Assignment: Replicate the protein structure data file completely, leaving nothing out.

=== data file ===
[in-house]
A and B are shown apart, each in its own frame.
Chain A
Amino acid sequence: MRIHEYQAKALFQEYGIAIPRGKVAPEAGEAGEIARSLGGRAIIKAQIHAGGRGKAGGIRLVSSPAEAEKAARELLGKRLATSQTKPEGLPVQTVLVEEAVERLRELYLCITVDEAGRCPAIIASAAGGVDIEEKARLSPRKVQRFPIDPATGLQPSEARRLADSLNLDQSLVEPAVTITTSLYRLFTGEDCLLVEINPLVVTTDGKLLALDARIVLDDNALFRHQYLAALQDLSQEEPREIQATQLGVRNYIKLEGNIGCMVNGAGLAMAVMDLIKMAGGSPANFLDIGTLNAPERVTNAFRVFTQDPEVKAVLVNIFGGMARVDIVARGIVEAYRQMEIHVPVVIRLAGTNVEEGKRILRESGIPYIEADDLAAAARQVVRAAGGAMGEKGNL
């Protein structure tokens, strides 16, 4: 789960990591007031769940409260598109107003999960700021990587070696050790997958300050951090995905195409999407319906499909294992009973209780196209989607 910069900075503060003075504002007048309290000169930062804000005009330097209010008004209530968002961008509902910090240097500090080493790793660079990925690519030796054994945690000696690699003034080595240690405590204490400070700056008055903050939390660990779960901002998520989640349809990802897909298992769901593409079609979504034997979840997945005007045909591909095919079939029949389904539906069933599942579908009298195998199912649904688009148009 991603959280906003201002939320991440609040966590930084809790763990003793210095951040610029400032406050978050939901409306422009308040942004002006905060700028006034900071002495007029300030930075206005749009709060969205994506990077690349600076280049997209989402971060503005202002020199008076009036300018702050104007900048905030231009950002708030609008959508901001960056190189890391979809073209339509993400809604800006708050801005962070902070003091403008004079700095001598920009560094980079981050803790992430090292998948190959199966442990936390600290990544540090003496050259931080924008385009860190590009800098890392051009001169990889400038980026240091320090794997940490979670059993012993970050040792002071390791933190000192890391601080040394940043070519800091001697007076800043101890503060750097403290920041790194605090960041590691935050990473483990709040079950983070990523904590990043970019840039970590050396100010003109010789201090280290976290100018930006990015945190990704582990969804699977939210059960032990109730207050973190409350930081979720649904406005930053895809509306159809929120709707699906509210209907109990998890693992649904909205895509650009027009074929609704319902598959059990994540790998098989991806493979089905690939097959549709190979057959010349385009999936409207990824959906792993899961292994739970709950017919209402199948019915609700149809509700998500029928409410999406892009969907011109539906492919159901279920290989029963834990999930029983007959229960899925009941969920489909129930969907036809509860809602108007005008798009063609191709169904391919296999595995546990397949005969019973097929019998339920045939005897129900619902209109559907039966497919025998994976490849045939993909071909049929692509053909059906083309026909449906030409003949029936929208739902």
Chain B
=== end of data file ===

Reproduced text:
[in-house]
A and B are shown apart, each in its own frame.
Chain A
Amino acid sequence: MRIHEYQAKALFQEYGIAIPRGKVAPEAGEAGEIARSLGGRAIIKAQIHAGGRGKAGGIRLVSSPAEAEKAARELLGKRLATSQTKPEGLPVQTVLVEEAVERLRELYLCITVDEAGRCPAIIASAAGGVDIEEKARLSPRKVQRFPIDPATGLQPSEARRLADSLNLDQSLVEPAVTITTSLYRLFTGEDCLLVEINPLVVTTDGKLLALDARIVLDDNALFRHQYLAALQDLSQEEPREIQATQLGVRNYIKLEGNIGCMVNGAGLAMAVMDLIKMAGGSPANFLDIGTLNAPERVTNAFRVFTQDPEVKAVLVNIFGGMARVDIVARGIVEAYRQMEIHVPVVIRLAGTNVEEGKRILRESGIPYIEADDLAAAARQVVRAAGGAMGEKGNL
């Protein structure tokens, strides 16, 4: 789960990591007031769940409260598109107003999960700021990587070696050790997958300050951090995905195409999407319906499909294992009973209780196209989607 910069900075503060003075504002007048309290000169930062804000005009330097209010008004209530968002961008509902910090240097500090080493790793660079990925690519030796054994945690000696690699003034080595240690405590204490400070700056008055903050939390660990779960901002998520989640349809990802897909298992769901593409079609979504034997979840997945005007045909591909095919079939029949389904539906069933599942579908009298195998199912649904688009148009 991603959280906003201002939320991440609040966590930084809790763990003793210095951040610029400032406050978050939901409306422009308040942004002006905060700028006034900071002495007029300030930075206005749009709060969205994506990077690349600076280049997209989402971060503005202002020199008076009036300018702050104007900048905030231009950002708030609008959508901001960056190189890391979809073209339509993400809604800006708050801005962070902070003091403008004079700095001598920009560094980079981050803790992430090292998948190959199966442990936390600290990544540090003496050259931080924008385009860190590009800098890392051009001169990889400038980026240091320090794997940490979670059993012993970050040792002071390791933190000192890391601080040394940043070519800091001697007076800043101890503060750097403290920041790194605090960041590691935050990473483990709040079950983070990523904590990043970019840039970590050396100010003109010789201090280290976290100018930006990015945190990704582990969804699977939210059960032990109730207050973190409350930081979720649904406005930053895809509306159809929120709707699906509210209907109990998890693992649904909205895509650009027009074929609704319902598959059990994540790998098989991806493979089905690939097959549709190979057959010349385009999936409207990824959906792993899961292994739970709950017919209402199948019915609700149809509700998500029928409410999406892009969907011109539906492919159901279920290989029963834990999930029983007959229960899925009941969920489909129930969907036809509860809602108007005008798009063609191709169904391919296999595995546990397949005969019973097929019998339920045939005897129900619902209109559907039966497919025998994976490849045939993909071909049929692509053909059906083309026909449906030409003949029936929208739902």
Chain B